#wacasnu Words a Contemporary Artist Should Never Use
Critics! Artists! Artsy friends! I’m compiling a list for a new project and need your help!
I’m looking for words artists should never use in their artist’s statements (e.g. explore), or when describing their work (e.g. meditative). It could also be words that are taboo within the general contemporary art conversation as well (e.g. spiritual).
Please submit words using the hashtag in Twitter, comment on FB or on the tumblr page here. If you prefer your contribution to be anonymous you can email me: firstname.lastname@example.org.
I can’t give more details yet but stay tuned, and thanks!
“Some people have been on the ride for a long time and they begin to question, is this real, or is this just a ride? And other people have remembered, and they come back to us, they say, “hey - don’t worry, don’t be afraid, ever, because, this is just a ride…” And we… kill those people. Ha ha “Shut him up.” “We have a lot invested in this ride. Shut him up. Look at my furrows of worry. Look at my big bank account and my family. This just has to be real.” Just a ride. But we always kill those good guys who try and tell us that, you ever notice that? And let the demons run amok. Jesus murdered; Martin Luther King murdered; Malcolm X murdered; Gandhi murdered; John Lennon murdered; Reagan…. wounded. But it doesn’t matter because: It’s just a ride.”—Bill Hicks (via)
iMovie! 100% Saturation! Ken Burns! Drum roll! Screenshot!
I couldn’t stop thinking about this for most of the day yesterday. Wasn’t sure why, or why I chose to defend Allen or chirp up in the first place (besides the fact that he seems like a nice/smart guy online). In making this video response I realized I did so because I believe in supporting what I view as a kind of digital populism (dopulism?) at work. It takes an image/artist that most art world folks are familiar with and seeks (in my opinion) to hold the viewers hand into the big scary world of digital theory. The rub is that some people already know all the tropes and history of digital art so to them it comes off as banal, well-trodden, dated etc. Understandable. Totally cool. However, and this is regardless of whether or not it’s “fine” art or not, I believe it’s important because in a small way it further “legitimizes” digitally inspired practices. Especially conceptually driven digital practices.
It’s one thing to make a painting in Brushes, it’s another thing to use conceptual tenets AND technology. In the end it’s not about the technology at all, but HOW the technology is used to make a point. I also don’t think it even matters WHAT that point is.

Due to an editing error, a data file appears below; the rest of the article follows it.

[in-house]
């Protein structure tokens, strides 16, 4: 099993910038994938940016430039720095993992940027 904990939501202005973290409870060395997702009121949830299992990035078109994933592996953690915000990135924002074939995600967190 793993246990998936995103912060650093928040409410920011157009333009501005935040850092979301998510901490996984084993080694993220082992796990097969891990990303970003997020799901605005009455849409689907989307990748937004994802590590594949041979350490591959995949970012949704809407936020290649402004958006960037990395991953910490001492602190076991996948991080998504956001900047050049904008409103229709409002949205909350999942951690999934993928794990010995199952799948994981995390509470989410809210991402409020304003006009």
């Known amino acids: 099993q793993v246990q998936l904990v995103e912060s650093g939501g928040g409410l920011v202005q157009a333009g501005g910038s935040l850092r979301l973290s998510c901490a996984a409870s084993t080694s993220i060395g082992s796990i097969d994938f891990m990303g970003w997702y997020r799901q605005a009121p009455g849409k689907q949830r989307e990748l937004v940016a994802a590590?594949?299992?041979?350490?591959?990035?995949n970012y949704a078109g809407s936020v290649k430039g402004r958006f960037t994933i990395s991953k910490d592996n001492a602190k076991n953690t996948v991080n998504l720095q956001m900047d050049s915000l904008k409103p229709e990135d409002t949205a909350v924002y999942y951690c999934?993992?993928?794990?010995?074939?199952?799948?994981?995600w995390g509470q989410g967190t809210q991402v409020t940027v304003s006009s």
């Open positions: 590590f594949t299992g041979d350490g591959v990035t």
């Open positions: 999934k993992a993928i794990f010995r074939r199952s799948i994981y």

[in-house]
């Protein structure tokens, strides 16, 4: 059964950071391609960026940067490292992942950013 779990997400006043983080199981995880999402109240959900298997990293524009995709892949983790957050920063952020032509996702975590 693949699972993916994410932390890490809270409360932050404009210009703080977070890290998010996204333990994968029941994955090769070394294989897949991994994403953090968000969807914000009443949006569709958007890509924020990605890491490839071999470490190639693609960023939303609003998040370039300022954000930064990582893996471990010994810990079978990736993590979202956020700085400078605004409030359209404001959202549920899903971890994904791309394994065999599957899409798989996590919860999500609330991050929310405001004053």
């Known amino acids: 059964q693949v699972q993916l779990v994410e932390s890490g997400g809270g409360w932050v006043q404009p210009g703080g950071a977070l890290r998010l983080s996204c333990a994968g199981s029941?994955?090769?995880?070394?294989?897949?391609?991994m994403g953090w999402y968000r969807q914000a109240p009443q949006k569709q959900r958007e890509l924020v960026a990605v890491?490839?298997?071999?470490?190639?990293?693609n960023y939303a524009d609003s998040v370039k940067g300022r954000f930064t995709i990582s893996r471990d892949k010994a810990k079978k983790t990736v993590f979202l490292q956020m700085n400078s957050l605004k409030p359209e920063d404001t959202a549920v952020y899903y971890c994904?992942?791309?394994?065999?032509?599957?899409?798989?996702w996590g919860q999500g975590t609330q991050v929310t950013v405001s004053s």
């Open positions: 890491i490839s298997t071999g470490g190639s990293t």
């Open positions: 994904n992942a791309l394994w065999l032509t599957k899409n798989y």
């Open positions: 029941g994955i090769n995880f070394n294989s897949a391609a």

Ok there’s probably a lot more, but that’s all I got at the moment.
P.S. The video is meant to play in the background while you read this post and associated links. Or a large projection on a wall, with people passing by.
Bushwick Open Studios starts today at noon and continues until Sunday 7pm. If you’re planning on checking it out, I’ll be around! Listing/more info is here.
Also, there will be an informal performance on Sunday from 4pm-5pm. I’d like to create a group drawing with you: For you virtual players send a tweet with any message and the hashtag #circleforme and I will draw a circle for you. Your message can be something that you hope for, something you want to get rid of, an opinion, a random message, etc. Whatever it is, I’ll put that into your circle(s). Send as many, or as few, as you’d like, from now until Sunday at 5pm. For those that are visiting IRL you’ll be able to draw your own circle (in a different section of the same drawing).
P.S. I’m still digesting last week’s Whitney performance. A bunch of scattered notes will eventually be making their way into a post. Maybe next week? I know, I know, you’re on the edge of your seat. :)
P.P.S. Oh also this weekend in Long Island City, Flux Factory is opening a show: The Science Fair! I’ve caught a sneak peek of the install (shh) and it looks pretty awesome. Check it out Saturday or Sunday 12pm-6pm.
Site-specific works are impermanent, installed in particular locations for limited duration, their impermanence providing the measure of their circumstantiality. […] In this, the site-specific work becomes an emblem of transience, the ephemerality of all phenomena; it is the memento mori of the twentieth century. Because of its impermanence, moreover, the work is frequently preserved only in photographs. This fact is crucial, for it suggests the allegorical potential of photography. […] As an allegorical art, then, photography would represent our desire to fix the transitory, the ephemeral, in a stable and stabilizing image.
Craig Owens, The Allegorical Impuse: Toward a Theory of Postmodernism (Part I)
All those images of Abramović make me think that she is as much an artist who uses performance to create images, as she is a performance artist. Some of those documentary photographs of her are so iconic (with all the religious resonances of that word […] that the fact of the performance can seem almost secondary. I’m thinking here about a piece such as Rest Energy (1980), in which she and Ulay hold a bow and arrow in tension, the arrow pointing at Abramović’s chest. It’s less of a record of a performance than a striking and carefully constructed image, one both instantaneously grasped (you don’t need to study it for more than a second to work out what’s going on) and laden with symbolism.